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Good morning, especially to the 111 of you who have joined us in the last week. 

We’re happy to inform you that Mercury is no longer in retrograde. Let loose, everybody.

In today’s newsletter:
🛰️ 100 days of war
📚 Weekend recs

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Satellite Imagery Illuminates 100 Days of War in Ukraine

Snake Island, Ukraine, taken May 6. Image: Planet

Tomorrow marks 100 days since Russia began its invasion of Ukraine. 

Over the course of the last few months, satellite imagery has served as the world’s window into the destruction and tolls of war, providing vital intelligence that the Ukrainian and allied governments and humanitarian groups have used to defend the country and ease human suffering.

Planet’s Snapshots newsletter chronicled the information we’ve gained from satellite imagery over the past few months. In a Q&A with open-source researcher Wim Zwijnenburg, interspersed with Planet satellite shots, the newsletter goes into the great power—and great responsibility—that comes with wielding satellite imagery for military intelligence:

“In the wider debate, OSINT analysts should be careful on what they publish, in particular around the privacy of civilian victims, as this can be misused or hard to remove once it’s online,” said Zwijnenburg. “Also, they have a responsibility to be really thorough in their publications, as information spreads fast.”

For Payload’s part…We’ve been closely following the role that OSINT via satellite imagery has played in the war so far. In the beginning, the Ukrainian government’s need for commercial satellite imagery quickly became apparent, and the commercial EO sector quickly rose to the challenge, agreeing to freely provide Ukraine with imagery. 

Since then, numerous companies have begun initiatives to make it easier for Ukraine and allies to access this imagery, spanning from user-friendly data portals to a fundraising campaign to help Ukraine operate its own EO constellation.

The upshot: This is the first major conflict where public satellite imagery has played a vital intelligence role. The ability to see directly into the war zone has cut through the fog of war to counter false claims about what’s really happening on the ground.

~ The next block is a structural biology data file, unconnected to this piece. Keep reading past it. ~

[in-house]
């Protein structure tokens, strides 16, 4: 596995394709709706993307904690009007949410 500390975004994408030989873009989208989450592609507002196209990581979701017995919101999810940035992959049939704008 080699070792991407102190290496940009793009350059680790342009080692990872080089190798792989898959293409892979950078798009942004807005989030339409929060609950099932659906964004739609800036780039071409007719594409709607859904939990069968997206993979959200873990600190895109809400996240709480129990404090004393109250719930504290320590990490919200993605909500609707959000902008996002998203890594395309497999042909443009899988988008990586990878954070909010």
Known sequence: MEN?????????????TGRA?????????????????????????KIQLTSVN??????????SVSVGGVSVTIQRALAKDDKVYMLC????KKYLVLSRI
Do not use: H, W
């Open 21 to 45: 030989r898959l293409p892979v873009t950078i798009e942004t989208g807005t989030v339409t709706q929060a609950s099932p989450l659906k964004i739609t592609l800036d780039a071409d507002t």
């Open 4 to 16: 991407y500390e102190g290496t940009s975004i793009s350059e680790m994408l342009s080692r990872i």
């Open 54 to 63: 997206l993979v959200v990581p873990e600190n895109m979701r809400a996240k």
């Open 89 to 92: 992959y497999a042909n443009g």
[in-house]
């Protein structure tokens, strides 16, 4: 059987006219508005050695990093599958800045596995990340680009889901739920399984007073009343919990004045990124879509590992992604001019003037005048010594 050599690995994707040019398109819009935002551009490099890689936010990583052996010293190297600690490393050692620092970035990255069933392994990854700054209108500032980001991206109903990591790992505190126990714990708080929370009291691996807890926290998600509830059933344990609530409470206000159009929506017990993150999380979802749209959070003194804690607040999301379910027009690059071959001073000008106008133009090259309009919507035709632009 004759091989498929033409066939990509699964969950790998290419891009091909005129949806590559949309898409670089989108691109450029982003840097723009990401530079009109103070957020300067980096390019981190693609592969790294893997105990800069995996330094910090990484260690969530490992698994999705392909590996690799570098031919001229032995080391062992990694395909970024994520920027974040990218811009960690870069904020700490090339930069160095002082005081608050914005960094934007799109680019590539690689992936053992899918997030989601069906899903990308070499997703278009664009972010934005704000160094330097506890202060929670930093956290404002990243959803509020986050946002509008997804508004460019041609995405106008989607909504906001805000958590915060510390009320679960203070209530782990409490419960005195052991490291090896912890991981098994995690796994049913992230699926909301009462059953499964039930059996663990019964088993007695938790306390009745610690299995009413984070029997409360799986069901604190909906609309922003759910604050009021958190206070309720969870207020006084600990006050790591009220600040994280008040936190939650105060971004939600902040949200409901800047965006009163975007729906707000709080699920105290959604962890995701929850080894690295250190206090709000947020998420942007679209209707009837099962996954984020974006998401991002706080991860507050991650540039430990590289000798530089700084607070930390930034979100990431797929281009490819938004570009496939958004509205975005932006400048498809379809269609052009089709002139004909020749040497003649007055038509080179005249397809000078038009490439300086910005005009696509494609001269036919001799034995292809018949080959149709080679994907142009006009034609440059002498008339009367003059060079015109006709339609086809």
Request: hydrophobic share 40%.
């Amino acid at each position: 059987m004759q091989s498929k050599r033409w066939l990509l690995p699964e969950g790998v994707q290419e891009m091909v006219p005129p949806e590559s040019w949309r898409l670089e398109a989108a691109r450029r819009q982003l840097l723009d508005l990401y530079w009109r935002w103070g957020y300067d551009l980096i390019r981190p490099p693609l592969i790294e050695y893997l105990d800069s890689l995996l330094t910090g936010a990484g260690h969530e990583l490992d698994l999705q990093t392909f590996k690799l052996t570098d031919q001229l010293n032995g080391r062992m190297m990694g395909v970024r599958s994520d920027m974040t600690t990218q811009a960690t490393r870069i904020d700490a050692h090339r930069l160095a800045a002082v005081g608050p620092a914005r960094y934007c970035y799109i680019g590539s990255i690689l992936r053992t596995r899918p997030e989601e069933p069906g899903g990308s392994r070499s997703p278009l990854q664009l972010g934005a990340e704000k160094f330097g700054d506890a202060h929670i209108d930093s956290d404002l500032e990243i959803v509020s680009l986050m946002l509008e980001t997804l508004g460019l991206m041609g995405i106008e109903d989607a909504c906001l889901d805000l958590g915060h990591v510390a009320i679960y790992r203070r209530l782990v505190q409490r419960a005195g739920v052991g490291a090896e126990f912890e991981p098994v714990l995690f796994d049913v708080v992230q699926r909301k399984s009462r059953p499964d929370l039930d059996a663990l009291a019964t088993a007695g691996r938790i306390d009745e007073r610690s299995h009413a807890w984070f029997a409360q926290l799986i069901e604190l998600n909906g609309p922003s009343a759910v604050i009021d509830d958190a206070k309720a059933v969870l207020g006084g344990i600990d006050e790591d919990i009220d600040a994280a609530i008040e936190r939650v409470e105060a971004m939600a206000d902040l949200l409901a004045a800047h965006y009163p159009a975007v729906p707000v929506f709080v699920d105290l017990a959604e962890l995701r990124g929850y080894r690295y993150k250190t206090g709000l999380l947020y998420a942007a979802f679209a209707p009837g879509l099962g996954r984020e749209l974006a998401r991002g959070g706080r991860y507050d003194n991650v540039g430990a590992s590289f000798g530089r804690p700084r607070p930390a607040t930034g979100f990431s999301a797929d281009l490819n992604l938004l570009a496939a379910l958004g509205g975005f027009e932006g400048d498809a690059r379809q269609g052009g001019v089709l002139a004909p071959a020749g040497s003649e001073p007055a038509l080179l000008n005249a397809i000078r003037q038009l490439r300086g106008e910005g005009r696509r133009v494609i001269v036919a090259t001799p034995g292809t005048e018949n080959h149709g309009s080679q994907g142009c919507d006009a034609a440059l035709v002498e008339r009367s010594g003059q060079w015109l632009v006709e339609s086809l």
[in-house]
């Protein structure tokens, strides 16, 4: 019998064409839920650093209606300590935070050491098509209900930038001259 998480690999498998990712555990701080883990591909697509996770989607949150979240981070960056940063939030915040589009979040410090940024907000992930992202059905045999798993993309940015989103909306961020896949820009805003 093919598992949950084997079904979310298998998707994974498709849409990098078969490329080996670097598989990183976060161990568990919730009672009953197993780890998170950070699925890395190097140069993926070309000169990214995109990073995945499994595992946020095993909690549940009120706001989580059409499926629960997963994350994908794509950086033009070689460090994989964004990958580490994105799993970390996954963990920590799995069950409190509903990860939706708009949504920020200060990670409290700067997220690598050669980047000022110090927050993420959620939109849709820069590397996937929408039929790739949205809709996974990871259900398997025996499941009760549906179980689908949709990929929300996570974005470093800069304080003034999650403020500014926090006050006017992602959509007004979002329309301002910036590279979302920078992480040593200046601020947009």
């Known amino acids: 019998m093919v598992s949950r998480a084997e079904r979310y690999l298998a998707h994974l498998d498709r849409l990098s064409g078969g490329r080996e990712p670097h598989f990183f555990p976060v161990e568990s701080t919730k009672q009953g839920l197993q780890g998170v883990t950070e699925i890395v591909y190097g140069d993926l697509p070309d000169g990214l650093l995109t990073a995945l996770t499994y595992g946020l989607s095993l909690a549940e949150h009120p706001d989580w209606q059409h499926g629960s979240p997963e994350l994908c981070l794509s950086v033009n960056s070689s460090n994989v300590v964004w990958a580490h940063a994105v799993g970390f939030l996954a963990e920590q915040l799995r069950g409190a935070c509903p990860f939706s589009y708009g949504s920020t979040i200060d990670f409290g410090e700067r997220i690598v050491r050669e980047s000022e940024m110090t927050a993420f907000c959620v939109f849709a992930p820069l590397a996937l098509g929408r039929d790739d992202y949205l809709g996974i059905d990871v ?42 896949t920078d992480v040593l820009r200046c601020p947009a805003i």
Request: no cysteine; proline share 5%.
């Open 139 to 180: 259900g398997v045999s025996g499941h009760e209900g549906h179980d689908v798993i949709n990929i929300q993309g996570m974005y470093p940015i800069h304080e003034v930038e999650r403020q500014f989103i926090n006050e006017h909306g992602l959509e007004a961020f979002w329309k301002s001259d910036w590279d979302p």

In Other News

  • NASA ordered five additional Crew Dragon rides to the ISS, after buying Crew-7, -8, and -9 from SpaceX in February.
  • Russia launched an ISS resupply mission aboard Soyuz. The cargo is on its way to the station now. 
  • Elon Musk told SpaceX employees in an all-hands memo that WFH is not an option. 
  • Sony is getting into the satellite laser communications game.

Weekend Recs

🎙️ Pathfinder #0001. Listen to our first podcast with Axiom CEO Michael Suffredini on Spotify or Apple

🗑️ Debris, Part II. Check out the second installment of our in-depth series on orbital debris, where we look at what the federal government has done to protect LEO (and where it’s dropping the ball). Read the story here.

📝 Space trash op-ed.
Payload reader Justin Kurth published an op-ed for the Center for the Study of the Presidency and Congress on finding diplomatic solutions for debris, which clearly is Payload’s trending topic of the week.

🌏 Planetary defense.
Andrew Jones of the Planetary Society surveys China’s various planetary defense initiatives, from asteroid deflection to detection to new Near-Earth object-tracking.

📱 Last…but not least.
Our favorite tweet from the last week: 

Did you hear about the time NASA charged a fine to a billionaire who brought his pet cat up to the ISS and it made a mess?

It was a cat-astro-fee.


The View from Space

Swirling storm clouds of Hurricane Agatha cover the coastline in western Mexico
Image: Lauren Dauphin/NASA Earth Observatory

The VIIRS imager aboard NOAA-20 captured Hurricane Agatha poised to make landfall near Puerto Escondido, Mexico on May 30. The Category 2 storm, with max winds of 105 mph, was the strongest to hit Mexico’s Pacific coast in May of any year since modern records began in 1949.